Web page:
Why are my blood tests negative for the rheumatoid factor?

I am almost certain I have RA. My mother and grandmother had it and I have all the symptoms, although it started at a younger age for me. But my blood tests always come back negative for the rheumatoid factor. Subsequently, I can’t get a Dr to take me seriously. Is this common? Or do I have some other disease? Thanks


Community Answers
  • kingkatekong
    1 year ago

    I, too, am seronegative and all my labs are completely normal. On paper I look like a perfectly healthy 44 year old, but clinical presentation of symmetrical inflammation, MRIs, X-rays, profound fatigue and the deformities in my hands have all contributed to a diagnosis of RA. Of course, the process of getting to a diagnosis was longer given the normal labs, but if you know something is wrong, I’d encourage you to advocate for yourself and perhaps bring a loved one with you to your doctor’s appt. I’m sorry you are going through this. Not knowing what is wrong with you can be very frustrating…I know!!

  • SofiaRA
    1 year ago

    I would ask to be referred to a good rheumatologist. As others have mentioned there are other blood tests. Anti-CCP is much more specific to rehumatoid arthritis than RF which is an older test. Anti-CCP can indicate a more aggressive form of the disease.
    GPs may not know to test for it or CRP which will show more general inflammation. Even if all these tests are negative they should conduct MRIs of areas that hurt to check for Synovitis and lesions that don’t show up on x-rays for a definitive diagnosis. I was actually diagnosed by a hand specialist at Mayo Clinic that ordered all proper blood work Ant-CCP, CRP, Sed rate and RF, ANA and MRIs of my wrists and elbows. He then sent me to the rheumatologist.

  • Carla Kienast
    1 year ago

    Hi Joshoo: About 40% of the people with RA are R-factor negative, meaning that the test doesn’t confirm they have RA. I am one of those people and not only does my R factor test come back normal, usually my other labs are also normal, even when I have swollen, tender joints. Fortunately I have a rheumatologist that looks at the whole patient and not just test results. The advice to seek out a rheumatologist is a good one because unlike an internist or a GP, they’re used to dealing with patients with all kinds of test outcomes. Even if your symptoms aren’t diagnosed as RA, the rheumatologist is an excellent resource to help determine what is going on. Good luck!

  • Sneed
    1 year ago

    Here’s a link to seronegative RA, which describes my own as well. Tis real.

    https://www.rheumatoidarthritis.org/ra/types/seronegative/

  • Lauren Tucker moderator
    1 year ago

    Thanks for writing to us Joshoo! I am sorry to hear that you haven’t been able to get a definitive diagnosis. While diagnosing RA can be a frustrating process, I was wondering if you were working with a Rheumatologist? If you are not or even if you are here is a link to find one in your area: http://www.rheumatology.org/Directories/Find-a-rheumatologist I know others have found this link to be helpful.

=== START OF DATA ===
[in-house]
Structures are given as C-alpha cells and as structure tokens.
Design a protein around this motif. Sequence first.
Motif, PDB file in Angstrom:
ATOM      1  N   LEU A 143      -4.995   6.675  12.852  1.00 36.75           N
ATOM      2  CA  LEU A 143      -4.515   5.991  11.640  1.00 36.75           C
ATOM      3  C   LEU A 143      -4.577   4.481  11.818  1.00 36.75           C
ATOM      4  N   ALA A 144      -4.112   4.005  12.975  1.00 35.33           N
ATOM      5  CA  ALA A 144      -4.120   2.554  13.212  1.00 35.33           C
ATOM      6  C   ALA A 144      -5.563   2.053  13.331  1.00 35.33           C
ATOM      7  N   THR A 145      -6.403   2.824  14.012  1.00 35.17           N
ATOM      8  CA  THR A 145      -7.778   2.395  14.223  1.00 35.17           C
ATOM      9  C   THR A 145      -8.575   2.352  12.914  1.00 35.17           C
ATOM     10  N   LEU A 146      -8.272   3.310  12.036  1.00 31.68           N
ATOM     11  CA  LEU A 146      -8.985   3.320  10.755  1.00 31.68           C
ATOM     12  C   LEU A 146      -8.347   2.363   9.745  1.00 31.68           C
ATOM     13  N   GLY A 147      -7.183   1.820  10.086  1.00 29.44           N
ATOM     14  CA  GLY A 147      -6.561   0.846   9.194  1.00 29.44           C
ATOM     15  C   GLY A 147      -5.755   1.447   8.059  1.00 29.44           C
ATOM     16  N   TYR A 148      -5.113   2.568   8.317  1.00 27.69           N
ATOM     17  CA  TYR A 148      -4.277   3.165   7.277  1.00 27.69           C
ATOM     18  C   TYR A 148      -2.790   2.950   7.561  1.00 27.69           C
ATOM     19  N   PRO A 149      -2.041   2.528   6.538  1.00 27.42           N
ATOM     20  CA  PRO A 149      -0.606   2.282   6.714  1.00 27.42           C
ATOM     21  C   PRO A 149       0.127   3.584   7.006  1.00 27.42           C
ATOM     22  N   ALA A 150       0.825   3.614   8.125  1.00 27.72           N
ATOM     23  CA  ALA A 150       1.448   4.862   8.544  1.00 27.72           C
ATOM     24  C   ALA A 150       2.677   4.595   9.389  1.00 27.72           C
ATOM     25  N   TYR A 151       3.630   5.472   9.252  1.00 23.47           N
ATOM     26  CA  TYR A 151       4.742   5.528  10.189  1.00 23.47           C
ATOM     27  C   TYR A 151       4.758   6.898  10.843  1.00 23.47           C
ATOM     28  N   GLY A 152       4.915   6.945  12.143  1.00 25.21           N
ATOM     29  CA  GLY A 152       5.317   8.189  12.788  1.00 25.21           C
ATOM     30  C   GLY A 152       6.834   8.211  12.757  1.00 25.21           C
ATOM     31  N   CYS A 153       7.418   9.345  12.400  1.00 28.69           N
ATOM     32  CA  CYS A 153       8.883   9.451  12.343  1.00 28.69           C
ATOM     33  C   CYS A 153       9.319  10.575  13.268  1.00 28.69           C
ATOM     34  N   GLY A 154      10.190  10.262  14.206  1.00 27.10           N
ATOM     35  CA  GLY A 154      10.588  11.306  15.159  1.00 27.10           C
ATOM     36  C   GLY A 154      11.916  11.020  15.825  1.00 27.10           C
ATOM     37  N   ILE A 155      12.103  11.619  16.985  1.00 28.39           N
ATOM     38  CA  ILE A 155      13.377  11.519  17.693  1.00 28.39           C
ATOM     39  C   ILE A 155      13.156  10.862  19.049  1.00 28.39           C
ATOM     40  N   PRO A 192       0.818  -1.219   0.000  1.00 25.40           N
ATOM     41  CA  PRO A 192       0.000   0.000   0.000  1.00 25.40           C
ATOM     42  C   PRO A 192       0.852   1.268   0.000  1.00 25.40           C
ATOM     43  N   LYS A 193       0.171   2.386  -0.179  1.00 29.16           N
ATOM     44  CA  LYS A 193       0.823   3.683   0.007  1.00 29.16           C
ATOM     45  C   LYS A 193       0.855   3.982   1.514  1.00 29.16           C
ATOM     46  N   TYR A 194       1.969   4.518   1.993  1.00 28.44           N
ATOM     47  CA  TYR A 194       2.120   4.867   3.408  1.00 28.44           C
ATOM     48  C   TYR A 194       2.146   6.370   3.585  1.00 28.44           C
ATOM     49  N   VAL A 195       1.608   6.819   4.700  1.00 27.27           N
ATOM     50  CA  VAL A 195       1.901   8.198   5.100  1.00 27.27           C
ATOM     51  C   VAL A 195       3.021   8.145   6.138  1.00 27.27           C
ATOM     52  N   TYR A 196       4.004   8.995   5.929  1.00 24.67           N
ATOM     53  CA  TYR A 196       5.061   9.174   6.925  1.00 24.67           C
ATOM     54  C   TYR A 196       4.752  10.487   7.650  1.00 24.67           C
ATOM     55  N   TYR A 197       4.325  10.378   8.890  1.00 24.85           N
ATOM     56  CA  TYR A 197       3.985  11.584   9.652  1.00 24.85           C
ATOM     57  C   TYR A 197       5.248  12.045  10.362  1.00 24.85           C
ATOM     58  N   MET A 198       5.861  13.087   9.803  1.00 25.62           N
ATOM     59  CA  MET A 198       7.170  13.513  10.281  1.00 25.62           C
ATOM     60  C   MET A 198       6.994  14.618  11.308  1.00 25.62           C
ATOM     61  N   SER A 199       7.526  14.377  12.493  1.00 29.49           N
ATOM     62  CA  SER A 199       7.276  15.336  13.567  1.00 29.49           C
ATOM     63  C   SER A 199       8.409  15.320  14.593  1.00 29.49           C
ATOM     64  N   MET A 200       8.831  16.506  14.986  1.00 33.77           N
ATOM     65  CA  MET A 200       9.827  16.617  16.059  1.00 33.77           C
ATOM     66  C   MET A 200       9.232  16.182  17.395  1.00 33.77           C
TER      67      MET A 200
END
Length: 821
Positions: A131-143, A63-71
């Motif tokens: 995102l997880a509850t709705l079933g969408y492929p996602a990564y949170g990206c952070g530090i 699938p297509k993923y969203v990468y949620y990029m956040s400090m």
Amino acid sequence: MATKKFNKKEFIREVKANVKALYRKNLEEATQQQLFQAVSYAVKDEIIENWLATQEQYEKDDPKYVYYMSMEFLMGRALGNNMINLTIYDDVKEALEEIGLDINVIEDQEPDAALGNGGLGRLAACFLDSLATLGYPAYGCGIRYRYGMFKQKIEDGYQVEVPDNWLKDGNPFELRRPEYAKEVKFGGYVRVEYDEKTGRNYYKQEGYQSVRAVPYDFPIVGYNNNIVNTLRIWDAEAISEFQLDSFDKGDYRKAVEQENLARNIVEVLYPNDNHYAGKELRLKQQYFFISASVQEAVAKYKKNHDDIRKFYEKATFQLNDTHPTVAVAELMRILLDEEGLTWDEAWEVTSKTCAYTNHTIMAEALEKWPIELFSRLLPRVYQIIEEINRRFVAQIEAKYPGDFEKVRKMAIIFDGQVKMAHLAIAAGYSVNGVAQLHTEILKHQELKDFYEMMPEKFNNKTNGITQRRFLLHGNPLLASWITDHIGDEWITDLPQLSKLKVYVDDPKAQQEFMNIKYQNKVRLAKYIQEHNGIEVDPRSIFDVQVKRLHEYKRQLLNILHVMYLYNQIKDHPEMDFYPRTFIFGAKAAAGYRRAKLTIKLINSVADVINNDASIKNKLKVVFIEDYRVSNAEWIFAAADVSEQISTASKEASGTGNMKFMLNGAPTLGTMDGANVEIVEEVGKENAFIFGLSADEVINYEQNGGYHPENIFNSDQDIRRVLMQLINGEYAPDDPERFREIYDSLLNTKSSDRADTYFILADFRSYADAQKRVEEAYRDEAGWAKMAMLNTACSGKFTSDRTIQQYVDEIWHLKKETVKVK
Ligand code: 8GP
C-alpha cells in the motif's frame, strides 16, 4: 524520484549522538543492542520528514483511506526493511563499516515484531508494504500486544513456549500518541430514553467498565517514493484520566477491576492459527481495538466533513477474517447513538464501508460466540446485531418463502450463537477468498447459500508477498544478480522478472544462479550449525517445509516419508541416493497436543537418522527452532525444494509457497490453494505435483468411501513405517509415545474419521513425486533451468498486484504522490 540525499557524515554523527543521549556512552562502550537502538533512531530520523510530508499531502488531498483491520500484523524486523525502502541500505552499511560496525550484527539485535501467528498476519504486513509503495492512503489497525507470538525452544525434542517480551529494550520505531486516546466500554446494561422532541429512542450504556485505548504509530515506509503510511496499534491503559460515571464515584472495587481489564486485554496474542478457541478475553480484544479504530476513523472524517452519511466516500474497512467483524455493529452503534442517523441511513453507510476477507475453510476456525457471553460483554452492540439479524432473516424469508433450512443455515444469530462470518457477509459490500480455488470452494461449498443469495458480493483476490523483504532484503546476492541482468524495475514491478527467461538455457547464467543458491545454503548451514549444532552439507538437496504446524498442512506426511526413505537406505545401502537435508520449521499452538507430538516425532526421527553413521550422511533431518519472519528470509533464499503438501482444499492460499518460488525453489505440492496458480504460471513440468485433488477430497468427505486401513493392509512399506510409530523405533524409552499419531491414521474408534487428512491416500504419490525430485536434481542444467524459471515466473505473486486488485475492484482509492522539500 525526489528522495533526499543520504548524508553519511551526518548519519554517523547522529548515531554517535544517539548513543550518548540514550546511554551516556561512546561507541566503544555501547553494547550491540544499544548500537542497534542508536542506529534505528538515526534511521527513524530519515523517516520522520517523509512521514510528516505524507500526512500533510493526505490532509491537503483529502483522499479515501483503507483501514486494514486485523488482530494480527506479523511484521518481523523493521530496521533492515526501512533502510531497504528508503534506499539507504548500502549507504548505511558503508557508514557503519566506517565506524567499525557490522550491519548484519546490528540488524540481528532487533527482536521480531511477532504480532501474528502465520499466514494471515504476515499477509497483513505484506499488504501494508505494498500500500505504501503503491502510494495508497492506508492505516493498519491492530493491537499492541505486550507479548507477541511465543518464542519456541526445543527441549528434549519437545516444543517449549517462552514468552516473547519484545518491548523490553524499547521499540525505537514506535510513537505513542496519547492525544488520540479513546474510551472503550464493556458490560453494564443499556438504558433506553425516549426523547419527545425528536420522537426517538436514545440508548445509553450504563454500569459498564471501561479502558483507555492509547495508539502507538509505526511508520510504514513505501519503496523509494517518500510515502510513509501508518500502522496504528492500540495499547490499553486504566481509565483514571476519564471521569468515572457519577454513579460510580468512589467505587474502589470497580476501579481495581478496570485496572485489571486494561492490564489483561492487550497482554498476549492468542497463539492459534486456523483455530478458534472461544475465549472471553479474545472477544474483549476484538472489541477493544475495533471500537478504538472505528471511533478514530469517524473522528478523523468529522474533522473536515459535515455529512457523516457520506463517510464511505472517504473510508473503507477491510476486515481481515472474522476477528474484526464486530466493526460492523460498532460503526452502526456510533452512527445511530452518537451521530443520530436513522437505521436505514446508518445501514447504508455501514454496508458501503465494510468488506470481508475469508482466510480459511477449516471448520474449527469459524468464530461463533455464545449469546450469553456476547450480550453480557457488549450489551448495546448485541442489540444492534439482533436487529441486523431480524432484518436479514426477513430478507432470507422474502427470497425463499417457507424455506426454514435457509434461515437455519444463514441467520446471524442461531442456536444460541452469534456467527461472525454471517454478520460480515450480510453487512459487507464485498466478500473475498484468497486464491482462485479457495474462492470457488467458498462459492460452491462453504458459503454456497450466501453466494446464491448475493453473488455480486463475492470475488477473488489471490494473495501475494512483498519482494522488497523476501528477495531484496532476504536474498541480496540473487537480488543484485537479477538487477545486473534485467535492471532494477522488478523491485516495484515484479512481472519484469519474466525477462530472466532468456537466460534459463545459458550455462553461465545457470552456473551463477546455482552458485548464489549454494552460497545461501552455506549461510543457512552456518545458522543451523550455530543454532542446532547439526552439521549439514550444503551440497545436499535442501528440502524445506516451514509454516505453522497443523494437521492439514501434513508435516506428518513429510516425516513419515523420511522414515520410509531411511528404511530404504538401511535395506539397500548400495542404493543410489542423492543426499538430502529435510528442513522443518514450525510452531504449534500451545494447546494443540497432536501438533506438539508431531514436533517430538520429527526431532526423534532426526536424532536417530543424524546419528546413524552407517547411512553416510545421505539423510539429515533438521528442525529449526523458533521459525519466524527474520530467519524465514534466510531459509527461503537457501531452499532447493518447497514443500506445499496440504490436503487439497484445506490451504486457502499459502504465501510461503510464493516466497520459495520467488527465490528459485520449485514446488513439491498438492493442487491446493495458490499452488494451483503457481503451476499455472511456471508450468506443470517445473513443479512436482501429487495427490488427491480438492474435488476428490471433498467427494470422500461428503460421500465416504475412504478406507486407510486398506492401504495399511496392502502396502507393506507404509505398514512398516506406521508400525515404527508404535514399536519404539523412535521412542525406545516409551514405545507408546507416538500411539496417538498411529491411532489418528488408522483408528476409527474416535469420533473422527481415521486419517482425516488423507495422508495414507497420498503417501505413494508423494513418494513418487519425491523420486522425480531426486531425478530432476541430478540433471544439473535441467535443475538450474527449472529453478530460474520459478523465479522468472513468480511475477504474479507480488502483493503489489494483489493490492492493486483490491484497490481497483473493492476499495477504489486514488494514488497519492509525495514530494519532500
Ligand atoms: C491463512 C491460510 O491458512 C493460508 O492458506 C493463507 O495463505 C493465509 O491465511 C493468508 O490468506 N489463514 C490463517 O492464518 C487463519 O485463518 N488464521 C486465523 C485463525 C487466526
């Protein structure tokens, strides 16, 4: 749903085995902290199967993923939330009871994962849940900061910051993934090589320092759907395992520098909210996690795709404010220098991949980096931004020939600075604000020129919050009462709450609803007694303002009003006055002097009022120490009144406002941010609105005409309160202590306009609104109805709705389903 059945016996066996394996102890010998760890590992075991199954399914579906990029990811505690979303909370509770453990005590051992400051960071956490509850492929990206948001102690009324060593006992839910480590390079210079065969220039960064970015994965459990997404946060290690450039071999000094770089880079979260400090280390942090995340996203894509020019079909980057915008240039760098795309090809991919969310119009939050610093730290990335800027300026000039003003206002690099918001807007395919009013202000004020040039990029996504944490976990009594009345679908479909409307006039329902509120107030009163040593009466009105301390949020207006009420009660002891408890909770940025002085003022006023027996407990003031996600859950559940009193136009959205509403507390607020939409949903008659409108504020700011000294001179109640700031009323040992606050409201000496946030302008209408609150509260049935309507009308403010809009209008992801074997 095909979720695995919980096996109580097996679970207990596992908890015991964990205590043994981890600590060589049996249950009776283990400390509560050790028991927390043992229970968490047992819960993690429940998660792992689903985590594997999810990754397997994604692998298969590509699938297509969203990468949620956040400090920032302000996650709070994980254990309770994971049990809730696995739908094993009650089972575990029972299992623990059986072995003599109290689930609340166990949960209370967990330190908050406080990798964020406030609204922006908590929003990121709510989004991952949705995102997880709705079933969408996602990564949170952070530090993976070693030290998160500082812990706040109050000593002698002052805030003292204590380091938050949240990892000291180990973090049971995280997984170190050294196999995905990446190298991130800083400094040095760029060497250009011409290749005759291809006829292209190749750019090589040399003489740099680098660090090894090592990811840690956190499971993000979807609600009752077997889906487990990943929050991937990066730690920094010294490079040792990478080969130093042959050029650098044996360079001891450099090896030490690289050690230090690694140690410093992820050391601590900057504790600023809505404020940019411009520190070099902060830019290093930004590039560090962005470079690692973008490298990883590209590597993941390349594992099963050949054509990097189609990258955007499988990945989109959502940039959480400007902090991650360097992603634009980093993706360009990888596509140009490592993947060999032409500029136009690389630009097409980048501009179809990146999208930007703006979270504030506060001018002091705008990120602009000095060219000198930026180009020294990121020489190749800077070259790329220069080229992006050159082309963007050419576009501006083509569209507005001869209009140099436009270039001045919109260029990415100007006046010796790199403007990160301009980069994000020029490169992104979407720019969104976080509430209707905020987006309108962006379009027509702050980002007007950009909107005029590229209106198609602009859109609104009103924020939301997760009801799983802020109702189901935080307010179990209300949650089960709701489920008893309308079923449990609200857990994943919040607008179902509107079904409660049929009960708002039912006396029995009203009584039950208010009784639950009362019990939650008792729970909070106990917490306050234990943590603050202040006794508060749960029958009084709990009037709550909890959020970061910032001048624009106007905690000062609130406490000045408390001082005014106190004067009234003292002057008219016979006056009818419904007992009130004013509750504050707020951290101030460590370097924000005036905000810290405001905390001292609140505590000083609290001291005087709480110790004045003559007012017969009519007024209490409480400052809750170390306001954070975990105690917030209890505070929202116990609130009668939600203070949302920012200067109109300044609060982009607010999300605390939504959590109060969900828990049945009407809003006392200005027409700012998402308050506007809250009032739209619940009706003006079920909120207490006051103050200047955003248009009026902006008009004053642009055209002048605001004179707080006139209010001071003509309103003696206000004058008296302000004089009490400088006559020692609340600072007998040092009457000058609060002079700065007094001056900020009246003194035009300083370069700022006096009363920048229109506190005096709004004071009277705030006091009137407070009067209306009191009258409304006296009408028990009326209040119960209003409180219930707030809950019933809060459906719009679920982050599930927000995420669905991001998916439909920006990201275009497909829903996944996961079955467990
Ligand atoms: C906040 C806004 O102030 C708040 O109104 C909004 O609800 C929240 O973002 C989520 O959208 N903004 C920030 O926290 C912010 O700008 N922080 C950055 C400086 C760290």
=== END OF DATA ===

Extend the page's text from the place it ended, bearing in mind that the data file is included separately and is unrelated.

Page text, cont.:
Here is another article that I thought might resonate. https://rheumatoidarthritis.net/living/getting-definitive-diagnosis-can-frustrating-process/

    I hope this information is helpful and please do reach out anytime.
    Best,
    Lauren (RheumatoidArthritis.met Team)

  • DebeezRA
    1 year ago

    Joshoo, I had a knowledgeable PCP that looked not only for the RF factor but several other markers that can give a definite diagnosis. One of my markers was a high C-reactive protein, elevated EOS and of course white blood cell count.
    If you have a physician that only looks at a positive RA factor for an RA diagnosis, with all due respect, find another Dr. Most of the time a Rheumatology visit must have a referral from your PCP. If this is your case, a Family or General Practitioner can still order the tests.
    If you find a quality Rheumatologist, they will test for EVERY autoimmune disease known to Medicine because autoimmune diseases often work in groups. When a patient is found to have one, a 2nd and 3rd are often diagnosed within the first several yrs of the 1st diagnosis.
    Hang in there! It took me 3 yrs to get a positive diagnosis and the disease had already affected my eyes, connective tissues, ligaments and tendons leading to emergency knee surgery when, without warning, while I was simply standing, texting on my phone, there was a loud pop in my knee and I couldn’t walk….at least until surgery.

    Let us know,
    Debbie

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